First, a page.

HTC sets its sights on snagging 10 percent of the market; does it have a chance?


HTC, as a smartphone company, finds itself in an interesting situation. Its share of the marketplace is down, and it’s been struggling to turn a profit, yet at the same time it just put out one of the most eagerly anticipated and well-received phones in a long while. So does it have nothing going for it, or everything? CEO Peter Chou is clearly looking at his company’s outlook in an extremely optimistic light, and has been talking about his desire to see HTC take back some of the stature it’s lost in recent years.

As we came out of 2013, HTC was responsible for about three percent of global smartphone sales. That placed it behind even companies like Lenovo (and pre-Motorola, to boot).

But Chou isn’t letting HTC’s current position get him down, and says that the long-term goal is to see the company work its way up to holding something like eight to ten percent of the market. And mind you, when we’re talking about market share, it simply isn’t enough to sell more phones every year; you also have to steal sales away from your competition. Is the new One a compelling enough handset to help put HTC on the track to accomplishing that? There’s certainly enough buzz, but we still don’t know how that might influence sales.

Chou also mentions an interest in tablets (again) and wearables, but it doesn’t sound like there’s much of a rush there, and HTC will launch such devices only when it’s good and ready.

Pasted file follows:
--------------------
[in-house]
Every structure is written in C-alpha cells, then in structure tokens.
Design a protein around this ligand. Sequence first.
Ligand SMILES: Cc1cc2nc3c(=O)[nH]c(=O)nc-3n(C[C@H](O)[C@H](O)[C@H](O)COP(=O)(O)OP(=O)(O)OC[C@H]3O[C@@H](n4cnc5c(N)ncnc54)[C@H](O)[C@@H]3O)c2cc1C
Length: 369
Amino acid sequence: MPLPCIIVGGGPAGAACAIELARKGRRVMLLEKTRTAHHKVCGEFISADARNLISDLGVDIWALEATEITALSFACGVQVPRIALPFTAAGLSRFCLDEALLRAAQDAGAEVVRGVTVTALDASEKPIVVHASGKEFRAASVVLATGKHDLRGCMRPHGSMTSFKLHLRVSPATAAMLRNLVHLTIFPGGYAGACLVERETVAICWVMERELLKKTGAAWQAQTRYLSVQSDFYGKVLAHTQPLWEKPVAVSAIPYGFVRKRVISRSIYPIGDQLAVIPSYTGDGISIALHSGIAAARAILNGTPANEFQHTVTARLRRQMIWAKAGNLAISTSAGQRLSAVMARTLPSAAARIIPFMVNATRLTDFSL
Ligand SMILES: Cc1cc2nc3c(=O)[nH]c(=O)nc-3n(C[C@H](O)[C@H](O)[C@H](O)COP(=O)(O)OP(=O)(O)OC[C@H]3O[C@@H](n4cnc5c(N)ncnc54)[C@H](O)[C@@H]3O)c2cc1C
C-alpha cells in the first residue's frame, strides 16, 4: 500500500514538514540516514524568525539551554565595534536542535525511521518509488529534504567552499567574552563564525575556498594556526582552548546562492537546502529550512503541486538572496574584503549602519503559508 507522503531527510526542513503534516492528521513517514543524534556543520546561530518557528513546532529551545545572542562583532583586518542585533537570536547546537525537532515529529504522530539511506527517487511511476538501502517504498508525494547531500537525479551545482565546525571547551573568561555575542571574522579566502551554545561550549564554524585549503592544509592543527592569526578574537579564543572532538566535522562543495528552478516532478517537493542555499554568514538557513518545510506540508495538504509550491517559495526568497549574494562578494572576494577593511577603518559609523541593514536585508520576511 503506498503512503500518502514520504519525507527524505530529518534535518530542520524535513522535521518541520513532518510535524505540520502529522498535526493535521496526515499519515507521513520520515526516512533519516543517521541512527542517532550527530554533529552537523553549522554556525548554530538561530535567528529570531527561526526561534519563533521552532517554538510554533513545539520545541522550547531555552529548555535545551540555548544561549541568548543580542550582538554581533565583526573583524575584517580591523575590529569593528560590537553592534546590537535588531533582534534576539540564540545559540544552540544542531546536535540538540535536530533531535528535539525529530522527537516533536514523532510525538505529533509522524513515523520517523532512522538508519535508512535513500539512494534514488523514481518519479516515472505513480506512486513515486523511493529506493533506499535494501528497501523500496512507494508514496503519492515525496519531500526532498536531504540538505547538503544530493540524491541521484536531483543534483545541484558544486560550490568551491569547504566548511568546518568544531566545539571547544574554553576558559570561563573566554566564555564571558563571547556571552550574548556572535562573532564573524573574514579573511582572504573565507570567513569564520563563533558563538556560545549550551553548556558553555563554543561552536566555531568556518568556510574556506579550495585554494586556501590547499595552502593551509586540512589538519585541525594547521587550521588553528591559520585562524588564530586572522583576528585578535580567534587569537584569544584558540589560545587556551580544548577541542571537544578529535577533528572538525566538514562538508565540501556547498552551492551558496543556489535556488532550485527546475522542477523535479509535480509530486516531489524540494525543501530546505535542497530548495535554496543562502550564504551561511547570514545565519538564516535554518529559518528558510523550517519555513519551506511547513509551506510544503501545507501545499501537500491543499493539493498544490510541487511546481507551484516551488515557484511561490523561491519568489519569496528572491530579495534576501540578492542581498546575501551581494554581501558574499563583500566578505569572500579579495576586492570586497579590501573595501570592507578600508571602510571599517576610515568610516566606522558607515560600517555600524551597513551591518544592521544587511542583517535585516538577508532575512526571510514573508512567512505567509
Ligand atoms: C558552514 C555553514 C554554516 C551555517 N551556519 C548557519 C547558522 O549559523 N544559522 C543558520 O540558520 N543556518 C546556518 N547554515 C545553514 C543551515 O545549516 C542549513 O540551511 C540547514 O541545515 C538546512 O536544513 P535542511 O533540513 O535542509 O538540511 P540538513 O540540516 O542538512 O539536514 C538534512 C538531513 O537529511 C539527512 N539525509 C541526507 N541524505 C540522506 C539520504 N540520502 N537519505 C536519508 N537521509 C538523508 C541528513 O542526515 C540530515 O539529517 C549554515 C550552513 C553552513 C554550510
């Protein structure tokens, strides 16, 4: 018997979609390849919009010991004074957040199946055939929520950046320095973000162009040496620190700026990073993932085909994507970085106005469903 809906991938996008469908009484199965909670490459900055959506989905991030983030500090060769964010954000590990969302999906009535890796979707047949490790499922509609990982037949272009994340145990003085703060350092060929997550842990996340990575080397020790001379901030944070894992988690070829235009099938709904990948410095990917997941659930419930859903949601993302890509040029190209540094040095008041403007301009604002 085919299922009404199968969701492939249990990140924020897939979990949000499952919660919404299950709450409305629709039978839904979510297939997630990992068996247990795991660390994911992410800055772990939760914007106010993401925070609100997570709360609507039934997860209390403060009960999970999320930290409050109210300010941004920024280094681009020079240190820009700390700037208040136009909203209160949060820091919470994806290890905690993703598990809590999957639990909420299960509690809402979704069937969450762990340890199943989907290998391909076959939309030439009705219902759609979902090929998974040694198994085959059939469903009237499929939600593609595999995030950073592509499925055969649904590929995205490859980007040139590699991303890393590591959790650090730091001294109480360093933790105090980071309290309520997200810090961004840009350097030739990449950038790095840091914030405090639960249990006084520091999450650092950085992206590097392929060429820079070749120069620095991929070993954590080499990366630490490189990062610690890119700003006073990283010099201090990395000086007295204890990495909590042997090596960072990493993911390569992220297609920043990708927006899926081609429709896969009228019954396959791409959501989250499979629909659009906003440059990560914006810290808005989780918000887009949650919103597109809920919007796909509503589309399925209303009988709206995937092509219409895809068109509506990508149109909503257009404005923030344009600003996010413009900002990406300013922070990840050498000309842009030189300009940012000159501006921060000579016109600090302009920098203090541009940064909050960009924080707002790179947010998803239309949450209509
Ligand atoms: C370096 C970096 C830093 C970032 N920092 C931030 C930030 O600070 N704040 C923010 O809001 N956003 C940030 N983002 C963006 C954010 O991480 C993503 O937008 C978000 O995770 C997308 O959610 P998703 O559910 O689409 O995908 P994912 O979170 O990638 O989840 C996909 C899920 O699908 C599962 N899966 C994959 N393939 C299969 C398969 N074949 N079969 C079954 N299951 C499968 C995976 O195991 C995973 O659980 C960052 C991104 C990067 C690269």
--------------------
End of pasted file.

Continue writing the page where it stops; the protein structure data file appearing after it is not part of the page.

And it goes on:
Source: The China Post
Via: phoneArena

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About The Author
Stephen Schenck
Stephen has been writing about electronics since 2008, which only serves to frustrate him that he waited so long to combine his love of gadgets and his degree in writing. In his spare time, he collects console and arcade game hardware, is a motorcycle enthusiast, and enjoys trapping blue crabs. Stephen's first mobile device was a 624 MHz Dell Axim X30, which he's convinced is still a viable platform. Stephen longs for a market where phones are sold independently of service, and bandwidth is cheap and plentiful; he's not holding his breath. In the meantime, he devours smartphone news and tries to sort out the juicy bits Read more about Stephen Schenck!